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DiVino wine studio is an Enoteca - an Italian Wine Bar. The food is tapas-style and there is a sommelier on hand to help you pick a wine to go with your food. They also offer wine classes and trips to Italy's wine region.

Foods from DiVino Wine Studio

2013 May 27
I dined at Divino for the first time this past weekend.

First off, we were extremely pleased that Divino was able to accommodate us since when we had called for reservations the prior night, no tables were available so we asked to be put on a wait list. Unexpectedly we received a call shortly before 8 p.m. on Saturday and were asked whether we were interested in a table at 8:30 – we jumped at it.

The restaurant is beautiful. I love the sky-high ceilings and the open kitchen (quite literally the most open kitchen I have experienced) was interesting. I was initially seated in the kitchen (literally) so when we asked whether we could be seated side by side, the staff happily obliged.

It was a great start! But as the night rolled on, the overall experience had both hits and misses.

We shared the following:
- Olive Miste (olive mixture, three kinds)
- Baby Arancini (mini risotto balls) – HUGE disappointment! Both arancini were burnt on the bottom and there was something off about the taste. My friend felt they were rancid. We couldn’t eat them and the server happily took them away and off our bill.
- Tartar di Pesce (fish tartar with olive tapenade and buffalo mozzarella) – the tartar was delicious, particularly with the tapenade. A definitely hit! There was nothing remarkable about the mozzarella. The menu said the dish came with crostini but they were never served.
- Capesante e ostiche croccanti (seared scallops w tempura oysters) – the scallops were delicious, along with the hollandaise sauce but came to our table barely warm. This was disappointing because had they been served hot, they would have been perfect! The tempura oysters were tasty.

For our mains, we both had the Fettuccine with tuna – the dish was satisfying in that we were both wanting something filling. I appreciated the house-made noodles and enjoyed the texture. The sauce was tasty although I didn’t think the tuna added very much. Frankly I thought a nice slice of barely-cooked tuna atop the noodles would have been better. All in all, I enjoyed it although it was quite salty.

So, food-wise, the fish tartar was a huge hit! The arancini were a big miss. Everything else fell somewhere in the middle. Because of the arancini, the chef gave us a complimentary dessert – completely unexpected but very appreciated. We were presented with a crème brulee which was very good.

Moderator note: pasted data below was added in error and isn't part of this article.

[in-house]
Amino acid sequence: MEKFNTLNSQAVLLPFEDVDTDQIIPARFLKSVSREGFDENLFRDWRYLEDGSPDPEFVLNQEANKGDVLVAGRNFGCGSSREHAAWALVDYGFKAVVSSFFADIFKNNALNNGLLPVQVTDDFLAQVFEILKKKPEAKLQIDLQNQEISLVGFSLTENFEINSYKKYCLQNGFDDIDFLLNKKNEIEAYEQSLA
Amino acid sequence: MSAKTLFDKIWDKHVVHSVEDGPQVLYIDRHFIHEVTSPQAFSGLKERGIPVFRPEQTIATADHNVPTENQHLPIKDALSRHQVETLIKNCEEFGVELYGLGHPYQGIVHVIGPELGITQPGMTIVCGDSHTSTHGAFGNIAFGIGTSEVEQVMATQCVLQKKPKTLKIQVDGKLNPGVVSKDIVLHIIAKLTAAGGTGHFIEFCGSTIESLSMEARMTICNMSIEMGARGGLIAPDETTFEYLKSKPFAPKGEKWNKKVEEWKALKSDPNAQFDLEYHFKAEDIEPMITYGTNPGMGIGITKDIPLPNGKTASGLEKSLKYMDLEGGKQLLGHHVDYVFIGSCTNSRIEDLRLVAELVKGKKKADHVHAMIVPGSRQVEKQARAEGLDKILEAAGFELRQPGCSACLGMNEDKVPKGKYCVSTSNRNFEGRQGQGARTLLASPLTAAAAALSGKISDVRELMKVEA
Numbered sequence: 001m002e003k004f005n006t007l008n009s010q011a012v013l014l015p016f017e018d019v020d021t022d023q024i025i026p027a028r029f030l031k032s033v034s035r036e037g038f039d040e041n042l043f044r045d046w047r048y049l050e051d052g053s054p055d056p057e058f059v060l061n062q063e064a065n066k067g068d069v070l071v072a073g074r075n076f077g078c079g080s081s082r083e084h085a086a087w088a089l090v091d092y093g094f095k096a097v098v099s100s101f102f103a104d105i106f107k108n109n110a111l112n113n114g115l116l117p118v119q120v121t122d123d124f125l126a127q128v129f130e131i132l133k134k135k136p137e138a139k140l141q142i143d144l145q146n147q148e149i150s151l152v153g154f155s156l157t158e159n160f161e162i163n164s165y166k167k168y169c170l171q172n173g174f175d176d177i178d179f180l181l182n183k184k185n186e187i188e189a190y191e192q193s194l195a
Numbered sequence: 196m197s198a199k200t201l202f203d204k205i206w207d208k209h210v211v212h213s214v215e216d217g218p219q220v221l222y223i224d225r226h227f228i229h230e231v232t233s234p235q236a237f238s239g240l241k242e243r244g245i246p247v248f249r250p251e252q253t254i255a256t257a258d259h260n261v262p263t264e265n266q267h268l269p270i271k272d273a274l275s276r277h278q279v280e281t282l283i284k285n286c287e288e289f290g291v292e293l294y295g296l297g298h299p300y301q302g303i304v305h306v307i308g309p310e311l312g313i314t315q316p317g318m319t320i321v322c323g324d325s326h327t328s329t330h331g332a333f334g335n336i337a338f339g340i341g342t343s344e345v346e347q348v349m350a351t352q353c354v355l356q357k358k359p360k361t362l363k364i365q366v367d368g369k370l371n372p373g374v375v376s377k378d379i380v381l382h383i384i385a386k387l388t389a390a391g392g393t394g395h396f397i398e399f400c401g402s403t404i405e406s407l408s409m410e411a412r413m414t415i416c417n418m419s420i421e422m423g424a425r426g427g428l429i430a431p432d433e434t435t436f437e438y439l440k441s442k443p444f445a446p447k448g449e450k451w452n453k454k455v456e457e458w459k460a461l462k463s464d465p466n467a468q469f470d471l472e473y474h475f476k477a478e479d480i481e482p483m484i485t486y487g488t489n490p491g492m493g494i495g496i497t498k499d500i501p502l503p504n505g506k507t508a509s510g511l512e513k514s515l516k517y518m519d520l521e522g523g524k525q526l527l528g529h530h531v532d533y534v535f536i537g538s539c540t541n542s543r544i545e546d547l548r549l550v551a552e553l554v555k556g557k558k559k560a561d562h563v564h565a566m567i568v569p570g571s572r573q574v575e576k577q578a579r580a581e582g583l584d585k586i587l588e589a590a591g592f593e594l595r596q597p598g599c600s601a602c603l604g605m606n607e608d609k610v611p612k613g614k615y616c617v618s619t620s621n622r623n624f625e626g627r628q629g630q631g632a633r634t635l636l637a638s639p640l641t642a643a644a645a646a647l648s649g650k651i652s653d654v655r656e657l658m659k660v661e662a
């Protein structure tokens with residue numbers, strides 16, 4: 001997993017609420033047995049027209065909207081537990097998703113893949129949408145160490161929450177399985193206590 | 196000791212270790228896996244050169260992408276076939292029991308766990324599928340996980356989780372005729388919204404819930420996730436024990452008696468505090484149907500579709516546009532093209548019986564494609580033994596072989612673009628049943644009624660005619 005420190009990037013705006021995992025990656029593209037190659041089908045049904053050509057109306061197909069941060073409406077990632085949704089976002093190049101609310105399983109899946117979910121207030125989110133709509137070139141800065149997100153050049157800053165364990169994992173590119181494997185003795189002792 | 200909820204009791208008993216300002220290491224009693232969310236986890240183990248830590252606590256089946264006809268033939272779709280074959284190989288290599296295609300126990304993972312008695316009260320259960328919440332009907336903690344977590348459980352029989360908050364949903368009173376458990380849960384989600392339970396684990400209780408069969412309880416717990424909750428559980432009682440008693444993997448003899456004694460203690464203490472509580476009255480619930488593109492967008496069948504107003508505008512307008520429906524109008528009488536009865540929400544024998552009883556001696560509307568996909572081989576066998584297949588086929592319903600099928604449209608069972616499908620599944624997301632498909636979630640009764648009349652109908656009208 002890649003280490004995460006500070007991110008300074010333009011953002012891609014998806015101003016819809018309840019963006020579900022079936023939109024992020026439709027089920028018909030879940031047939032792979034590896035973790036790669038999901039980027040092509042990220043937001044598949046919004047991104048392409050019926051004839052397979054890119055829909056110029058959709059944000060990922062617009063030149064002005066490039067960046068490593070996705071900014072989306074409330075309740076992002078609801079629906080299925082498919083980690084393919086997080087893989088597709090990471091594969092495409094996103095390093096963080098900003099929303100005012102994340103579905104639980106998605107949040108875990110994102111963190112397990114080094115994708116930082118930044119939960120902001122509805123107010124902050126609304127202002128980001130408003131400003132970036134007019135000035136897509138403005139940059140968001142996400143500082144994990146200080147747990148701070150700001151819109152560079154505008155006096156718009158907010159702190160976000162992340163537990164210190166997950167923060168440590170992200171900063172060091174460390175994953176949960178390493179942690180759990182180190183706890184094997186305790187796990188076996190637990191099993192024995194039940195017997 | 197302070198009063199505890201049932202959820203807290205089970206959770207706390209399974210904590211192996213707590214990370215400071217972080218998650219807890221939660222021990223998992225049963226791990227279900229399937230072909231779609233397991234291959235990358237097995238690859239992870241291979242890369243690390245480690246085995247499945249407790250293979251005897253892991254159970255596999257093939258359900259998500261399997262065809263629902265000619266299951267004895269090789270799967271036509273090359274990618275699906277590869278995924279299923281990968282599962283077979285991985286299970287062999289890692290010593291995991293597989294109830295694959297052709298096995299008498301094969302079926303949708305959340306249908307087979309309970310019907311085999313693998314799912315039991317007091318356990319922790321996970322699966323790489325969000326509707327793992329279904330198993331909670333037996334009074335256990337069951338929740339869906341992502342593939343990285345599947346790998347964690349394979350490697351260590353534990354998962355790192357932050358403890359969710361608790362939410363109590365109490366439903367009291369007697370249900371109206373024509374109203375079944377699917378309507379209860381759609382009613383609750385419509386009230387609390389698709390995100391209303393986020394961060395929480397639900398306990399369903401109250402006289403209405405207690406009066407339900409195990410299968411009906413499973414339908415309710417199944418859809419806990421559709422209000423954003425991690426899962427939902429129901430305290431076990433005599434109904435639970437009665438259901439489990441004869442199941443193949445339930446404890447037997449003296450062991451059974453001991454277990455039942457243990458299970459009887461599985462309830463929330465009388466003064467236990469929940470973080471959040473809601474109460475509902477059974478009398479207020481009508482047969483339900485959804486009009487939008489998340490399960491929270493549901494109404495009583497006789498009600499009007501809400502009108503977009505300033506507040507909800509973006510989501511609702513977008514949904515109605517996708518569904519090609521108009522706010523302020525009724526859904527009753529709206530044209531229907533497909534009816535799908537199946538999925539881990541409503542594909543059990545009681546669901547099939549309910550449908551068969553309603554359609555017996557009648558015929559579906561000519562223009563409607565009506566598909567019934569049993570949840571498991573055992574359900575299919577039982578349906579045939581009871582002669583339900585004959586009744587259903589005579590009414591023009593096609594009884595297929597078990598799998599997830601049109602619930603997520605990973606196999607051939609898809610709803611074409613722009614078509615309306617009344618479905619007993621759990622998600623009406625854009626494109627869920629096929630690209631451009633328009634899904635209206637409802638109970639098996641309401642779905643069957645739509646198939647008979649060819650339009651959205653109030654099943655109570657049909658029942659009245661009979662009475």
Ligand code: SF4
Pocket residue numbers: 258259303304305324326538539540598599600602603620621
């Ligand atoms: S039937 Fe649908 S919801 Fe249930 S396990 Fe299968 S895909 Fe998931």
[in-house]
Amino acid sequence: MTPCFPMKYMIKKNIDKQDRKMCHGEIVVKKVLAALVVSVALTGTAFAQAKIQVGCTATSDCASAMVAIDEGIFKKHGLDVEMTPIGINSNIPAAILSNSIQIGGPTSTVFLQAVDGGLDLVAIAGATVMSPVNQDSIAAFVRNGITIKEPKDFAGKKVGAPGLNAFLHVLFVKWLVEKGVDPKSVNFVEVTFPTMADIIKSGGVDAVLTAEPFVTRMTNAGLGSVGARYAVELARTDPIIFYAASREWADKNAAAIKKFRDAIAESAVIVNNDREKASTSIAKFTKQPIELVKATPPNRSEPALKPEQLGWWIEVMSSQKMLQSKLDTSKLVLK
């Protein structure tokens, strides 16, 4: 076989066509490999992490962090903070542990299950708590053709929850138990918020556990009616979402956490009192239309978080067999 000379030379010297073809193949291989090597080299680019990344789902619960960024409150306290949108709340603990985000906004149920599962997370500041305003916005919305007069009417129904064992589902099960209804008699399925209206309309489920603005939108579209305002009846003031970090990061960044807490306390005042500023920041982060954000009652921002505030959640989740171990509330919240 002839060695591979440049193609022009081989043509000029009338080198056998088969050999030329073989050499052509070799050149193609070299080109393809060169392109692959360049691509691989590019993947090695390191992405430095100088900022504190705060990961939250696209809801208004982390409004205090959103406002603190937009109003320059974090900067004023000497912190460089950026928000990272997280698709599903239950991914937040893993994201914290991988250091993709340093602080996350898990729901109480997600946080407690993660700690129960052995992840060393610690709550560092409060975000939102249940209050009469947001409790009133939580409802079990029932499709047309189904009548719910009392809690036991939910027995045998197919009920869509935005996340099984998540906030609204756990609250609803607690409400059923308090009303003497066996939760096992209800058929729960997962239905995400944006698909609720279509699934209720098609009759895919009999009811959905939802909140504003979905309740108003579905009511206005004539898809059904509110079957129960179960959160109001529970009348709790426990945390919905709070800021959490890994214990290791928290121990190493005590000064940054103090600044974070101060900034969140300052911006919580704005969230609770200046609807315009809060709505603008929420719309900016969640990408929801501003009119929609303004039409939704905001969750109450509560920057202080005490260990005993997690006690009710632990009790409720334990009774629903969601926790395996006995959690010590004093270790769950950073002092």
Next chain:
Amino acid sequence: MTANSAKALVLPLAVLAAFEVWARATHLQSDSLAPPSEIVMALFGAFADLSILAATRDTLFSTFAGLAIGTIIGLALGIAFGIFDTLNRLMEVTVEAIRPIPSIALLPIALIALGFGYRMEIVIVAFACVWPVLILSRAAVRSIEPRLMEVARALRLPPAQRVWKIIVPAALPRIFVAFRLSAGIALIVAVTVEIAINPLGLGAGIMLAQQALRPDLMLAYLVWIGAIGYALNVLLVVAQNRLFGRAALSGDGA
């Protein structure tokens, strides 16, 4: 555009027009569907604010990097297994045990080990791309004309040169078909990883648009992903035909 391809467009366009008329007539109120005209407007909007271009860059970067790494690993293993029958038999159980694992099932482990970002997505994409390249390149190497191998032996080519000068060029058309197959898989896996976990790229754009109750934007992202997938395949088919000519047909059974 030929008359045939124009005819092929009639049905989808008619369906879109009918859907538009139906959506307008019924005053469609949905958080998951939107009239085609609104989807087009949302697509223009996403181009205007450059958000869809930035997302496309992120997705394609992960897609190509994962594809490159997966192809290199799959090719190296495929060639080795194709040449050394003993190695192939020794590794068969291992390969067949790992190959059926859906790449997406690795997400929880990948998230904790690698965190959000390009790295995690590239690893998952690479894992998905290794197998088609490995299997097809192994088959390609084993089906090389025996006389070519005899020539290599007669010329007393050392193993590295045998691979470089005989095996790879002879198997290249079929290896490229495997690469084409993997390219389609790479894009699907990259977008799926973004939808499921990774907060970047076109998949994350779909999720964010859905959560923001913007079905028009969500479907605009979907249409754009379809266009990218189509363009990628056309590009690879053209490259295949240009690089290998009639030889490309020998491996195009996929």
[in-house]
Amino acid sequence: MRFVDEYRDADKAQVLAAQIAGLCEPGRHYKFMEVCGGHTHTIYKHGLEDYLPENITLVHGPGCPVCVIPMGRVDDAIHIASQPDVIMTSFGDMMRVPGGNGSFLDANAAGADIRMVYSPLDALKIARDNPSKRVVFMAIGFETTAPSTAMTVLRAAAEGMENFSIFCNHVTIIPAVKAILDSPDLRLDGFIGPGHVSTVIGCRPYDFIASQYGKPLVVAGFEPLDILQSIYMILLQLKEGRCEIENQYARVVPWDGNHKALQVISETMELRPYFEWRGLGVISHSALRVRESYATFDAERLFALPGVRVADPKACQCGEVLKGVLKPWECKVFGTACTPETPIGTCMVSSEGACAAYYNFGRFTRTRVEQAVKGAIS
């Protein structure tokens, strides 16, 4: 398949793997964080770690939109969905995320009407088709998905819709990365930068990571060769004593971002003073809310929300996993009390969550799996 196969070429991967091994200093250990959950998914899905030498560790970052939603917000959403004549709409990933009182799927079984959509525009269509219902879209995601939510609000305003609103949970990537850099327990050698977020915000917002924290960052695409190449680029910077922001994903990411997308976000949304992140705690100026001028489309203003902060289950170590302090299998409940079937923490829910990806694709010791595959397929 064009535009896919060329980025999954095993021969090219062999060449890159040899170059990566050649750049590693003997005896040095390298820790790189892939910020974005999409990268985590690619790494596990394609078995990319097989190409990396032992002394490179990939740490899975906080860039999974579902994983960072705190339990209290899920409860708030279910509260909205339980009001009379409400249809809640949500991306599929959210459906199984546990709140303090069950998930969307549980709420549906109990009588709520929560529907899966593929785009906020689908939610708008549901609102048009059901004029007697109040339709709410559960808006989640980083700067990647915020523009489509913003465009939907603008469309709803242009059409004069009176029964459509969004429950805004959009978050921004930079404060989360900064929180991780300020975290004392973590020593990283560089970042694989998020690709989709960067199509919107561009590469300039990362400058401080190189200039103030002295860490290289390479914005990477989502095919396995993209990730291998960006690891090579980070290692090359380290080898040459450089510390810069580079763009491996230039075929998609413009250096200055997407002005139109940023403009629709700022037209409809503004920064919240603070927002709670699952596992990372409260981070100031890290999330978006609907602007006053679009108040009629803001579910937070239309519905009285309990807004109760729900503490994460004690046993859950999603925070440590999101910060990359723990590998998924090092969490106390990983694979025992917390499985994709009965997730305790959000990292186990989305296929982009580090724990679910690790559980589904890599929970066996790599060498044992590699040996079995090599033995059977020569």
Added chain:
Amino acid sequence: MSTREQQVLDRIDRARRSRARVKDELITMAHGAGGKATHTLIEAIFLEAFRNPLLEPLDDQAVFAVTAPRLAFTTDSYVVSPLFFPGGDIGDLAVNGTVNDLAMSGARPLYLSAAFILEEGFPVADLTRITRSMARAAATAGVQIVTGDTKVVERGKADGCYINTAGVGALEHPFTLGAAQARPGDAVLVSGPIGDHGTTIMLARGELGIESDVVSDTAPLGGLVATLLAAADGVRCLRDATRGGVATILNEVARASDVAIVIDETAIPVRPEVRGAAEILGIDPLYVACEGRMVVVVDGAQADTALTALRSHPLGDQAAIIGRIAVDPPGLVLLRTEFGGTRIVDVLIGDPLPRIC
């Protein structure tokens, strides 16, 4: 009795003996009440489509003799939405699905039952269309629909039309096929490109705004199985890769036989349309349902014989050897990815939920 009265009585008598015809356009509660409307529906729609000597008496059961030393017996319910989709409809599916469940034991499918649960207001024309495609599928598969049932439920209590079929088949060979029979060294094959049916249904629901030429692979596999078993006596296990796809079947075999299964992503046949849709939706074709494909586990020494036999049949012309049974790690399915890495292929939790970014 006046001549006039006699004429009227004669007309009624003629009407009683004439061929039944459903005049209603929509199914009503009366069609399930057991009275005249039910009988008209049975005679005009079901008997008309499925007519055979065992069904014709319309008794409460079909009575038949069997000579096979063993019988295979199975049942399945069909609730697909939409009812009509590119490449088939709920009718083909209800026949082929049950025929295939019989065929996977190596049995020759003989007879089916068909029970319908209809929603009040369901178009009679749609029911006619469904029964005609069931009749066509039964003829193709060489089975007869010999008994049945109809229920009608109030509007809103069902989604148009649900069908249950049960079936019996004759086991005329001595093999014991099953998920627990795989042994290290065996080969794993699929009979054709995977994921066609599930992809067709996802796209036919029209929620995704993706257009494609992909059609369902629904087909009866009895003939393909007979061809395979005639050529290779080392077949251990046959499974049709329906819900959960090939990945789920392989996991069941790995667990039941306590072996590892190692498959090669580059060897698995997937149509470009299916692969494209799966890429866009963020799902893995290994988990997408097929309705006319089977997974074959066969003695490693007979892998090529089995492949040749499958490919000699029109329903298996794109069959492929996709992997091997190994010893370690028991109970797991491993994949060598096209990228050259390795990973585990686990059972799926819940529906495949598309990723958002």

Service-wise, it was a bit inconsistent in my view. The server was nice and smile-y but we waited a very long time to even receive the bowl of olives (we had to ask him about it). Had we been served the scallops immediately, the dish would have scored really high.

Price-wise, Divino offers options. I thought the value of the olives ($2 per person), arancini ($2 each), and fettuccine ($16) was good. The fish tartar and scallops (each at $16) were a bit high but still worthwhile to try.

Overall I’d return to Divino at some point.

2011 Oct 24
I find it fascinating that NU4278 took the time to survey the ethnic origins of other customers, rather than, oh... i dunno... ask for bread or send the pasta back.

2011 Oct 24
Went for dinner At Divino, Some of the food was great the Filet was great the pasta was small and undercook (not enough to share as they suggest). What really disappointed me was the service, this was one of the worst service I have ever seen. If you were Italian they were licking your shoes, if you were not they did not even bring you a basket of bread. For a expensive restaurant you would expect them to serve you better. I would not recommend this restaurant.

2011 Apr 7
The food portions are ridiculously small and utterly overpriced. If you want to feel "ripped off" then come to this restaurant.

2009 Aug 23
One of the most over-rated restaurants in town. The concept is interesting, except it doesn't work. The staff is uncoordinated and the food inadequate. The portions are ridiculous (ok, it's tapas, we got that), the sauces inconsistent (same dish served once with sauce, the next visit, without), the choices limited, the service confused. Would not go back. My conclusion after two visits.

2009 Feb 9
We had my husband's birthday dinner here last Saturday night with our other foodie cohorts.
We decided against the $45 fixed price 3-course Winterlude menu. We figured out that it was more expensive than ordering all the items separately. That was the only downside of the evening.

We were seated at the bar in the back and the boys were seated as if they were in the kitchen. At first I was perturbed as I am vertically challenged and stools are usually not designed for me. But the seats were pretty comfortable and it was in fact nice to be smack dab in the action. Nice to be beside the slide show of Italy as well. Brought back lots of memories of our trip.

We started out with 4 small plates to share along with some opening martinis and bread with fabulous olive oil. Much the same quality as we bought at a winery in Italy to bring home. They ran out of fire roasted peppers so subbed some of the crostini's with the bruscetta. The bruscetta was the best I'd ever tasted and the peppers were excellent as well. The cheese plate was good, and the homemade chutney was an excellent accompaniment. We also had the squash ravioli which I would have again. The only one that wasn't brilliant was the cheese, pears and prosciutto. But I think it may have been because we let it cool off too much. It was VERY cheesy.

I ordered a 5-ounce glass of white off of the menu (no self-serve here....I prefer service which appears to be the way to go) and the birthday boy ordered a bottle of Borolo (since it was his special night). Not cheap but we did get a 1998 which was a spectacular year.